On March 11, Harry Style’s brand, Pleasing, posted cryptic tweets about its new launch, a collection called Shroom Bloom. “Shroom Bloom, in real life. London, New York and Los Angeles. More soon. Find your Pleasing,” the tweet read.
Then, on March 14 at noon, the brand posted three more tweets — this time, a location in New York City and times were included. “The Pleasing New York Shroom Bloom pop-up opens tomorrow at 345 Broome Street, New York, NY, 10013. We’ll be open on the 15th to 17th March: 4-8pm; 18th March: 2-8pm; 19th March: 11am-7pm; 20th March: 12-4pm. Find your Pleasing.”
So I went. I arrived at 345 Broome Street a little after 10 a.m. on March 15 to preview the space as press, six hours before it would open to the public. I found around 10 people, mostly women and young, already waiting. I spotted Pleasing merch and Harry Styles tour apparel.
When I stepped into the space, it felt quite bare. The back wall (pictured above) is a psychedelic tableau — you’ll surely see it all over social media. To the left is a rack of gender-neutral merch in pink and blue and yellow. To the right, a tiny shelf that features the six products in the new drop: four new shades of nail polish, an exfoliating serum and a hand and nail balm. Other than the cash register, the space leaves room for a crowd, which it will need. The pop-up’s lines stretched multiple city blocks, proving the power of Styles’s brand, even without him physically present.
Though I’ve reported on celebrity beauty brands for years, it still fascinates me to see how fans receive them and how much they do — or don’t — care about them. In Pleasing’s case, the answer is a lot.
I spoke to four fans outside the store, who had at least seven hours of waiting ahead of them, about why they were there. Two were there together but had become fast friends with the other two. My first question for the group was why they were not in school. “I did, in fact, email my directors that I would be missing class today,” said Pip Jones, 18.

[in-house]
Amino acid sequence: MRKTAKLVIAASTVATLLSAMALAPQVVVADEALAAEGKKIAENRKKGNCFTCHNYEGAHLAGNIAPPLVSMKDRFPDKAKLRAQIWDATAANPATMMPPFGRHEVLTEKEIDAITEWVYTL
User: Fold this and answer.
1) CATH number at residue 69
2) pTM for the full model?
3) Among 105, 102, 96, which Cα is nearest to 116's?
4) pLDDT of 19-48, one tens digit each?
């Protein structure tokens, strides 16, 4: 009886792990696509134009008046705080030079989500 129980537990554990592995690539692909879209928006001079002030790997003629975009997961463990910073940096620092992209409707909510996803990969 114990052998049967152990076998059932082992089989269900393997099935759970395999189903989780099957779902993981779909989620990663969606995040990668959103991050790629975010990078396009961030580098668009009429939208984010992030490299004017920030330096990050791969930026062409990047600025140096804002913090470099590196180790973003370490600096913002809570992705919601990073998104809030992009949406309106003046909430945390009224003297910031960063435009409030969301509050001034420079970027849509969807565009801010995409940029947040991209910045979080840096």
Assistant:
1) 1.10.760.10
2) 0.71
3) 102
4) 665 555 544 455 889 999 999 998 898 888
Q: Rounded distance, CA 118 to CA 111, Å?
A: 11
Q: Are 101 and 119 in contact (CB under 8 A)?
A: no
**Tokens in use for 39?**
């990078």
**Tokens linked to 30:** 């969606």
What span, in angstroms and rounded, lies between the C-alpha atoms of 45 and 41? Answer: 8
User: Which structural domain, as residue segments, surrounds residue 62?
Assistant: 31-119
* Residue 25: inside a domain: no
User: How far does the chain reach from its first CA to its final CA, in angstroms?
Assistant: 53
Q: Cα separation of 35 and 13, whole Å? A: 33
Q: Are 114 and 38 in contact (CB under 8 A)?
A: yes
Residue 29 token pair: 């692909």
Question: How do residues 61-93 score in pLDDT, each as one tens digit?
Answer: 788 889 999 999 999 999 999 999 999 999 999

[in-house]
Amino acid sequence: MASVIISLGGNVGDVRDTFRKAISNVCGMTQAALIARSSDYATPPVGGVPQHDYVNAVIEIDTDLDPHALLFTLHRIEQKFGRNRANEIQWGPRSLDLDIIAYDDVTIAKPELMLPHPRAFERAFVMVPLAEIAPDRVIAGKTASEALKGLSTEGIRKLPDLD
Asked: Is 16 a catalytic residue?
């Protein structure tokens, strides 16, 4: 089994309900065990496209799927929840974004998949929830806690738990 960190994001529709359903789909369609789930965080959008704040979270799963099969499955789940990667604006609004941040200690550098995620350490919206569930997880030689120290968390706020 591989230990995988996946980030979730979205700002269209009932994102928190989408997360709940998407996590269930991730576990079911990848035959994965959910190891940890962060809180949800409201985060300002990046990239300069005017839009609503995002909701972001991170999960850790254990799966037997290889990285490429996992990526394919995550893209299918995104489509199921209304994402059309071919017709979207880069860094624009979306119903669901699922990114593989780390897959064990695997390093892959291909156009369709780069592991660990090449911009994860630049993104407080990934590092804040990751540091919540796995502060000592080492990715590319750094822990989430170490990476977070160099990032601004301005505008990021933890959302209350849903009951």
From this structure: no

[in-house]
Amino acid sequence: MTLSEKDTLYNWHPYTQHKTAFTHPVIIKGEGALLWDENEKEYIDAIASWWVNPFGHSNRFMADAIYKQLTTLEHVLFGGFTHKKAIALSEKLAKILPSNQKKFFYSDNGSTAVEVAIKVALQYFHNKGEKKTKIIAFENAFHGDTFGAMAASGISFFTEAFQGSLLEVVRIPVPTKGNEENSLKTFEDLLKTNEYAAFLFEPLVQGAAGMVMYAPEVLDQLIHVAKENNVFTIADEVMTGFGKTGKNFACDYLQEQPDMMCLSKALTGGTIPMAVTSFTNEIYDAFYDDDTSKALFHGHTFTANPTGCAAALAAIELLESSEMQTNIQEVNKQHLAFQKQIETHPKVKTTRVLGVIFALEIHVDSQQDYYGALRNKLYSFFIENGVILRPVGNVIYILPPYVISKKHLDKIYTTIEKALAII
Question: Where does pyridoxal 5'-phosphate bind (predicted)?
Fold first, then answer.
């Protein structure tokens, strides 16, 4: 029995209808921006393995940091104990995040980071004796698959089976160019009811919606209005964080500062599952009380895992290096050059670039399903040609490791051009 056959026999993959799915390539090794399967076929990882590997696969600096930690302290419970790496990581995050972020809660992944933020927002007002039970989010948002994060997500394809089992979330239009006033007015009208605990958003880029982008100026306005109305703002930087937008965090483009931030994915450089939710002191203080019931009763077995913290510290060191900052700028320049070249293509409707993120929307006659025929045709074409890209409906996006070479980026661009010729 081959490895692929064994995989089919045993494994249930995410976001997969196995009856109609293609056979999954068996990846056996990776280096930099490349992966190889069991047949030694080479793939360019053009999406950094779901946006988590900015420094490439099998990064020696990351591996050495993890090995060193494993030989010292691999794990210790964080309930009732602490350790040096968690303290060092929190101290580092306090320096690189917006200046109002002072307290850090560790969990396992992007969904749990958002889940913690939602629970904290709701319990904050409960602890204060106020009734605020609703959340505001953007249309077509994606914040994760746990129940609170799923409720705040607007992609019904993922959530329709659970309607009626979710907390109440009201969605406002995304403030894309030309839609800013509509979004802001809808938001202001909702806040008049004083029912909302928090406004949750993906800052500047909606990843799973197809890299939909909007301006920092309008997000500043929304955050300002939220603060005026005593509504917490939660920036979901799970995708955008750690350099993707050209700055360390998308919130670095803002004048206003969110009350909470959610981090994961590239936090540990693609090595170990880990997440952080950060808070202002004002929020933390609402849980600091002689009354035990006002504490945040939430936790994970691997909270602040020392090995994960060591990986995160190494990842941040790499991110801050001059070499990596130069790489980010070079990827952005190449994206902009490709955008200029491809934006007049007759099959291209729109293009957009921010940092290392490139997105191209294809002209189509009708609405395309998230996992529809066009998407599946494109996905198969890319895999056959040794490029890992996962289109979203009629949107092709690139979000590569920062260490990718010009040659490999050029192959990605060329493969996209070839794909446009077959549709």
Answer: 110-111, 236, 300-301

“So, what brings you here?” I asked, prepared, but not fully for the emotionality of the responses.
“We all have been so emotionally attached to Harry, and now he’s doing this gender-neutral lifestyle brand. We are so proud of him, and we just want to support him,” said Nicole Feldman, 22. “He doesn’t need our support; he has so much money. But I’m genuinely so proud of him, and we just want to be here.”
Feldman had purchased the first “drop” in its entirety: a $140 set including four nail polishes, a dual-ended lip and eye pen, and an illuminating serum. “I’m really privileged that I could afford that, without it being a stretch. It’s a lot for the whole thing. But I don’t regret it,” she said.
The new group of friends was ready to spend more, too. Ali Bebry, 21, had intentionally kept her nails unmanicured so that she could use one of Pleasing’s new shades upon purchase. There are four new shades — a pale green, a beige-pink, a bright true red and a holographic glitter. The set of the four will cost $65.
I also asked if it felt cliché to see another celebrity beauty brand or if their love for Styles was enough to differentiate Pleasing from the pack. “It can be kind of cliché when celebrities release brands,” Bebry said. “But I massively appreciate the effort put into Pleasing to kind of separate from [Styles]. Obviously, people know about it on a mass level because he’s behind it. And now with Mick Fleetwood … wow,” she said, referring to the Shroom Bloom campaign starring the musician. I wondered aloud if this crowd was too young to know Fleetwood, but I should have known better. They followed Styles to his musical idols and followed suit in fandom.
“It’s nice to know he’s working with an ethical supply chain, sustainable materials and smaller artists — and the nail artists he works with to do advertisements are all smaller creators,” Bebry said. “It’s not just something where it’s him on a picture holding a bottle of nail polish saying, ‘Find my brand.’ It’s him putting his time behind a brand that means more than just him.”
The longer we spoke, it was hard not to buy into their enthusiasm. Parasocial relationships aside, even the skeptic in me was moved by their belief in Styles and the way he had inspired them through his music, advocacy and earnestness. During his recent tour, he made constant headlines for helping fans come out and telling a fan not to text a guy who was not nice to her.
“It’s so exciting to be a Harry fan. You meet friends and everything, but he inspires me every day to be a better person. Like, ‘‘Treat People With Kindness,'” Jones said, before adding, “He advocates for everybody. He advocates for human rights. I feel lucky to be a fan and lucky to live in a city where we get opportunities like this.”